The Seattle Seahawks were able to advance to the Super Bowl after defeating the division rival San Francisco 49ers by a score of 23-17 in the NFC Championship. Despite the win, and the trip to the big dance, quarterback Russell Wilson and the Seahawks offense still have plenty to prove when they face Peyton Manning and the Denver Broncos in two weeks.
Wilson has done a fine job managing games in the 2013-14 playoffs; however, that will simply not be enough Feb. 2 when they head to MetLife Stadium.
Wilson is still a young quarterback, and he has plenty of room to continue to improve. This second-year signal-caller still does not have a huge amount of playoff experience, winning three-of-four postseason games in his short career.
He is capable of producing some big numbers, as he did in last year’s playoff game against the Atlanta Falcons. Wilson was able to put up 385 yards, two touchdowns and one interception in the loss.
It will take a similar performance from Wilson to keep up against the explosive Broncos.
This year, Wilson has yet to experience another road playoff game. Matching up against the Broncos in an unfamiliar territory will be as great of a task as he has faced during his career.
Winning at home in front of their mass amount of fans is one thing for the Seahawks. All NFL teams struggle to compete in CenturyLink Field. However, it is Wilson and the Seattle offense that has been able to just barely churn out victories at home.
They must prove they can do it on the road against the NFL’s elite.
Yes, Wilson will be facing off against a softer defense when he faces the Broncos, but he has yet to prove that he can be a dynamic quarterback in the postseason:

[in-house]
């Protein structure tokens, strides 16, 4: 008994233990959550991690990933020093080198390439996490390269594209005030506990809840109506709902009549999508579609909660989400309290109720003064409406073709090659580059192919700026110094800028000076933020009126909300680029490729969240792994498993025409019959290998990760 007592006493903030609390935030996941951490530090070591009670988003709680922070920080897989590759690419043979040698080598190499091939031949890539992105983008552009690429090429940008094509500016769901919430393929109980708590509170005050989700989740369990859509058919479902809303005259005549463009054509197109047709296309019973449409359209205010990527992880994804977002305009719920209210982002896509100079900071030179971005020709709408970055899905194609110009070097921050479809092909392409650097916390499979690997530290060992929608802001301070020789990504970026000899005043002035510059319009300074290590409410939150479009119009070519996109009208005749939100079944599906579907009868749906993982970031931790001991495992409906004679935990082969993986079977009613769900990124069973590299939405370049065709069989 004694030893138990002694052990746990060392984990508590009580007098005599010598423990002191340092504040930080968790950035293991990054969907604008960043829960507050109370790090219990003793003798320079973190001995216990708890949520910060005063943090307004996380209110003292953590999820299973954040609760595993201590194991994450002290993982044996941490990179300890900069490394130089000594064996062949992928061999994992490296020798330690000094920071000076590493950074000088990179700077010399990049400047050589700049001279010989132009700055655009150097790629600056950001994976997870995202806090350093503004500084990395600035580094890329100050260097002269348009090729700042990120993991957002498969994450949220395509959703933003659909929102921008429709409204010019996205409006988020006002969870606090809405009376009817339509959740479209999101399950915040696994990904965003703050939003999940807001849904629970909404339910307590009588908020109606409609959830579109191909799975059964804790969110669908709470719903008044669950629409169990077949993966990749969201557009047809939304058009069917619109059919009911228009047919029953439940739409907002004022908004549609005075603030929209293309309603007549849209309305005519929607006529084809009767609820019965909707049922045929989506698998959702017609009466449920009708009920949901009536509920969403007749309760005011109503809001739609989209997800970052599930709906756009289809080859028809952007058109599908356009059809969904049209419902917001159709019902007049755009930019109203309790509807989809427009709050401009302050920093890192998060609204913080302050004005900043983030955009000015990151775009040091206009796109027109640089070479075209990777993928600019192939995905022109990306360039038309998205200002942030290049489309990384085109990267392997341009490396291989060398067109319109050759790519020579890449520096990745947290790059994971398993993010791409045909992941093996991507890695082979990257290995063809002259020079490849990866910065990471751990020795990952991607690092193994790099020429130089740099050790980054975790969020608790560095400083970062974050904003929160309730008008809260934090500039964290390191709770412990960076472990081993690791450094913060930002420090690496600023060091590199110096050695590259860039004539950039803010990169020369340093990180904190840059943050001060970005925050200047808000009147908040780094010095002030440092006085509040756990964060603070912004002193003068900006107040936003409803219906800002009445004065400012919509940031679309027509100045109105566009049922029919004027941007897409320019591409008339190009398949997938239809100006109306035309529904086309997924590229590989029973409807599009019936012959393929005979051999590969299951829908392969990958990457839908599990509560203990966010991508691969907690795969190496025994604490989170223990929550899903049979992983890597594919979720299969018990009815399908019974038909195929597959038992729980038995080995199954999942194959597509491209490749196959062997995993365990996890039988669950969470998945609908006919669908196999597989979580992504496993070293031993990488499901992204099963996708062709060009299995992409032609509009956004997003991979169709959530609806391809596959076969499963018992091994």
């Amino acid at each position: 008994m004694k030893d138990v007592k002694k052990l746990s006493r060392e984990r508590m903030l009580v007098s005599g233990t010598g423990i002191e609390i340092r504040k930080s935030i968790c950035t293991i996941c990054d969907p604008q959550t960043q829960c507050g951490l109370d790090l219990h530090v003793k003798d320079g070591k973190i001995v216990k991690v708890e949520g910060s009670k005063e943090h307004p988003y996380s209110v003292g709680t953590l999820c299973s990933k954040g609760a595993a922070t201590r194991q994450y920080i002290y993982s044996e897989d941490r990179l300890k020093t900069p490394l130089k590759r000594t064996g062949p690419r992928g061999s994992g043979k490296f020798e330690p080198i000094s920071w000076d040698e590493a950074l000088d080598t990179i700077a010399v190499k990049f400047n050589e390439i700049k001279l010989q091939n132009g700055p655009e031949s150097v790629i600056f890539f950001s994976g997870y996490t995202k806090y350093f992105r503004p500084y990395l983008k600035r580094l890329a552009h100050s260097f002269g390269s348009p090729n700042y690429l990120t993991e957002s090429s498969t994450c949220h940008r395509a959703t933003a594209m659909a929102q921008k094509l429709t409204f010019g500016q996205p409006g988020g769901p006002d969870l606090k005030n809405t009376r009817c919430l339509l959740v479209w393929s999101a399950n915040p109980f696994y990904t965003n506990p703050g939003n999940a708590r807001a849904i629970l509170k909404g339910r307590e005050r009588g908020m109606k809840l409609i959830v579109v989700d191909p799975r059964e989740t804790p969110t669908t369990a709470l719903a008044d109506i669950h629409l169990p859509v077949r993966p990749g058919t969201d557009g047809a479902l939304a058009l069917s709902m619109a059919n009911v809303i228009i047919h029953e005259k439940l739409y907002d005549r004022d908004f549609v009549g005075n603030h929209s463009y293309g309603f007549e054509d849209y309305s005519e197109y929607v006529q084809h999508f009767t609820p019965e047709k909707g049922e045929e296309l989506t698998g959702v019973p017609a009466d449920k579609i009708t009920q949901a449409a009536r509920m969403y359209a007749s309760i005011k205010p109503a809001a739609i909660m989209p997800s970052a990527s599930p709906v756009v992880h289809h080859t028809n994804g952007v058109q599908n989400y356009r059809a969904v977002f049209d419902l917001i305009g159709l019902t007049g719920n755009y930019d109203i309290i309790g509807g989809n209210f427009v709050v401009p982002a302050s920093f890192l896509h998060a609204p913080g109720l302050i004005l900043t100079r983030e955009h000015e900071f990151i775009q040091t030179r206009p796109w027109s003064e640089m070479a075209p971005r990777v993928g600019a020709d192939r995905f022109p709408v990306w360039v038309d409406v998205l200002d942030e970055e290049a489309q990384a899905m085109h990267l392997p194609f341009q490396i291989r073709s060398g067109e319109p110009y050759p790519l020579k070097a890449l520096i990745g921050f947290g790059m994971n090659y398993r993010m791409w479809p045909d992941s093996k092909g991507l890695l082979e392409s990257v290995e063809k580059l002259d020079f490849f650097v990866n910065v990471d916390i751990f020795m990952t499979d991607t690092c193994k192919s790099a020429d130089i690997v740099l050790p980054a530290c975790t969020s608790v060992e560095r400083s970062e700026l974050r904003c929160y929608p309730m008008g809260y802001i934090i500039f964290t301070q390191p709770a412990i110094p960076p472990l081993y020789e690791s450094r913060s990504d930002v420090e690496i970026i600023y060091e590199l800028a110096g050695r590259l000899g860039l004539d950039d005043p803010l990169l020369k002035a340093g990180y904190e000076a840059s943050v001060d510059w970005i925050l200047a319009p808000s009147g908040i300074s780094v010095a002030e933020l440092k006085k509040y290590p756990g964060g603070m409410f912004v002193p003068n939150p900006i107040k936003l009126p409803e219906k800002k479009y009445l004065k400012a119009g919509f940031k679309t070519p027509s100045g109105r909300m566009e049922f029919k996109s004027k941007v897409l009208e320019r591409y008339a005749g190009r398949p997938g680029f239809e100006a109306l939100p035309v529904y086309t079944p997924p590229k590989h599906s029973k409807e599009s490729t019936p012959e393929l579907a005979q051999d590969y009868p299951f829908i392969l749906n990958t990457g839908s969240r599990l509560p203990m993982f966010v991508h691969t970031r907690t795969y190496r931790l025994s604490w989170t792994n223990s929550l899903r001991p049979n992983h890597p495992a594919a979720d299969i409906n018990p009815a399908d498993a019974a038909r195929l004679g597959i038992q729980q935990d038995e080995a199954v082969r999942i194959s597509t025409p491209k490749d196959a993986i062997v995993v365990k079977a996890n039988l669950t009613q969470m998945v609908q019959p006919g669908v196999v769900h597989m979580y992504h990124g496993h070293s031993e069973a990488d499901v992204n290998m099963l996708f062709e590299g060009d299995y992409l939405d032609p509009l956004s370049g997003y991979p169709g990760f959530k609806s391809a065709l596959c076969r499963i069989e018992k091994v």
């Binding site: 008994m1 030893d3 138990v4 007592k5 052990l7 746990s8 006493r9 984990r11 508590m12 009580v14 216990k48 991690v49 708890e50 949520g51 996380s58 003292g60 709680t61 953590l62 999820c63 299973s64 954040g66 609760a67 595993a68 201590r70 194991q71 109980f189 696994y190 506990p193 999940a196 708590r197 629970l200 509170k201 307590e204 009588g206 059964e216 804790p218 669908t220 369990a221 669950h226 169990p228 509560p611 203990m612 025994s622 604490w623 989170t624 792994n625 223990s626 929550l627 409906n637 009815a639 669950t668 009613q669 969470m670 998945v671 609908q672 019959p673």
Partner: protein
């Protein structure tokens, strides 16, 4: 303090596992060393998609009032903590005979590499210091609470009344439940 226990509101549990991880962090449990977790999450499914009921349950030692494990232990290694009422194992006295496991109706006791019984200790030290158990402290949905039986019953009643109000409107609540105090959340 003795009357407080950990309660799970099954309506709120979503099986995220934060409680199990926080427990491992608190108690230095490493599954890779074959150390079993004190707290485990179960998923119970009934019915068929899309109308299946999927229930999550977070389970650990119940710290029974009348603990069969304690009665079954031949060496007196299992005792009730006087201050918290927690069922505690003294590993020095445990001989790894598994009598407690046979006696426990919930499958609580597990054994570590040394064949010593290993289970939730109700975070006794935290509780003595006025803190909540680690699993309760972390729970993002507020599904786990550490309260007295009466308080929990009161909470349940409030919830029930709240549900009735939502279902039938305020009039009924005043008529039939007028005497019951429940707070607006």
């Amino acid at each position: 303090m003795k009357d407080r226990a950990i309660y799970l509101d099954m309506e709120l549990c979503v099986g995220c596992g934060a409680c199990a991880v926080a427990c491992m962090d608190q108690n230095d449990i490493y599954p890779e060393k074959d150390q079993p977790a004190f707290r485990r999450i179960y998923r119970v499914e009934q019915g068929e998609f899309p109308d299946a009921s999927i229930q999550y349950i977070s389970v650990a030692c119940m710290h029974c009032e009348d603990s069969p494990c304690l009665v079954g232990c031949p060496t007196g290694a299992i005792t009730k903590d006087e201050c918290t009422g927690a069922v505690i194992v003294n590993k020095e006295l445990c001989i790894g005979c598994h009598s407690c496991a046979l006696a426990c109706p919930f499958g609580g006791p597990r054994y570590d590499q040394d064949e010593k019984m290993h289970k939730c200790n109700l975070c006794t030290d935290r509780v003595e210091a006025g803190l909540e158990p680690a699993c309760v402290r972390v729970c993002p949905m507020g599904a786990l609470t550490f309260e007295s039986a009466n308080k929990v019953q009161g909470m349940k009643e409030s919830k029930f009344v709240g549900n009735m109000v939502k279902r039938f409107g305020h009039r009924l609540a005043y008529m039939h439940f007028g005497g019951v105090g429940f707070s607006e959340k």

Wilson will get his chance to shine against the Broncos. The 49ers and the New Orleans Saints ranked seventh and second against the pass during the 2013-14 regular season, respectively. The Broncos ranked just 27th.
Wilson does not need to take the full burden on his shoulders, however. Running back Marshawn Lynch has been spectacular in the postseason so far:
Logical thinking suggests that the Seahawks should enter the game with a run-heavy offensive scheme. A balanced offense may be a good idea; however, a run-oriented offense could set Seattle up for failure.
SEAHAWKS ARE GOING TO THE SUPER BOWL! Marshawn Lynch rushes for 109 yards, TD as Seattle beats SF in CLASSIC game, 23-17.— SportsCenter (@SportsCenter) January 20, 2014
Denver has been paying a great amount of attention to stopping the run over the postseason. The New England Patriots came into Sports Authority Field at Mile High Sunday boasting one of the NFL's most recently elite rushing offenses.
The Broncos put that to a halt quickly:
The Broncos put an emphasis on stopping the run against the Patriots and forced them to beat them through the air—a rather daunting task when head-to-head against Manning.
And the Broncos' Run D was top notch— Matt Williamson (@WilliamsonNFL) January 19, 2014
Seattle did have the league's top-ranked pass defense in the regular season; however, it will take more than their impressive secondary to slow Manning down.
It all relies on the offense for Seattle. Rest assured, the Broncos will get their points—they've done so all season, averaging 37.9 points per game during the regular season.
Wilson and Co. will not have to deliver a 40-point performance to emerge victorious, although they simply need to do more than they have in recent weeks. They will need more than a handful of big plays to emerge victorious once again.
They say that defenses win championships; however, in this instance, they are going to need a little help from the offensive side of the ball.